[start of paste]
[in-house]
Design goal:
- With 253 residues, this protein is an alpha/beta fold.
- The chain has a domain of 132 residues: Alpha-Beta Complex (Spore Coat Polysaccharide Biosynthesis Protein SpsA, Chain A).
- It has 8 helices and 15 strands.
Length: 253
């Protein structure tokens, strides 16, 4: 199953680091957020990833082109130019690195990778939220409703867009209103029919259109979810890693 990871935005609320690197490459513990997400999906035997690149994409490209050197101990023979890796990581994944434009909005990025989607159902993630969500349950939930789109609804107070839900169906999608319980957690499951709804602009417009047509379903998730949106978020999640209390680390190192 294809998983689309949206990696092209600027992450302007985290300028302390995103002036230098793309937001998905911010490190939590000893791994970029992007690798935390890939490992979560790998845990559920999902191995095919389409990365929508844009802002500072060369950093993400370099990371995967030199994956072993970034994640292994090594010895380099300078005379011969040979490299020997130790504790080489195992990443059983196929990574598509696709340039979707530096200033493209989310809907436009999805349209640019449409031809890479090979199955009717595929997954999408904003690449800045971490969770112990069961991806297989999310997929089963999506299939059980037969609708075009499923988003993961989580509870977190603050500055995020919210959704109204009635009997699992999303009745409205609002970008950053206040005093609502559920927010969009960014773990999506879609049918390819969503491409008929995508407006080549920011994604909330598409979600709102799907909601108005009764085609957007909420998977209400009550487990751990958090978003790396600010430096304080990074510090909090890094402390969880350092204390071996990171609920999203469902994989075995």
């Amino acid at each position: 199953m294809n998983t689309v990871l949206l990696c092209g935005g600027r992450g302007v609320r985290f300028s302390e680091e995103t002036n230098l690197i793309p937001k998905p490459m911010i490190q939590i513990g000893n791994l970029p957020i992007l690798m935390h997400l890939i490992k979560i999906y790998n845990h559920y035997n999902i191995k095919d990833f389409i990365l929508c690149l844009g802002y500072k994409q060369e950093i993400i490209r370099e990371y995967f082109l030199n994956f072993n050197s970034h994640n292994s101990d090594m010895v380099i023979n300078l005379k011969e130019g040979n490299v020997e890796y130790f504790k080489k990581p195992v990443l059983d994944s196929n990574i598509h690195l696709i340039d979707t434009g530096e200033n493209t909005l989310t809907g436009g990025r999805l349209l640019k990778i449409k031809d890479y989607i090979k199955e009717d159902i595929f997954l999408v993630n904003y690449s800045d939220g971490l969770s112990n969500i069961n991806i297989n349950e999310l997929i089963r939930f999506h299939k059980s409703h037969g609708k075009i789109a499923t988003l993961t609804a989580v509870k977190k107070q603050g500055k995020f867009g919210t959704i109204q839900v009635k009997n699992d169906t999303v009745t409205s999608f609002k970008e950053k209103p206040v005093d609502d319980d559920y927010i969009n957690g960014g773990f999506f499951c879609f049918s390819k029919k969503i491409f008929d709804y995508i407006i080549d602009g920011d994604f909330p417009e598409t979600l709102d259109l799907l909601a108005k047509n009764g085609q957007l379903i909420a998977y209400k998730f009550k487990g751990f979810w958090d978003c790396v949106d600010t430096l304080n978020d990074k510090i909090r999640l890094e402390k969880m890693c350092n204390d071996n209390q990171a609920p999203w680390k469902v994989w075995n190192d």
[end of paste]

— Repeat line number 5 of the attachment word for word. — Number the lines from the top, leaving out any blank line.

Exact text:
- It has 8 helices and 15 strands.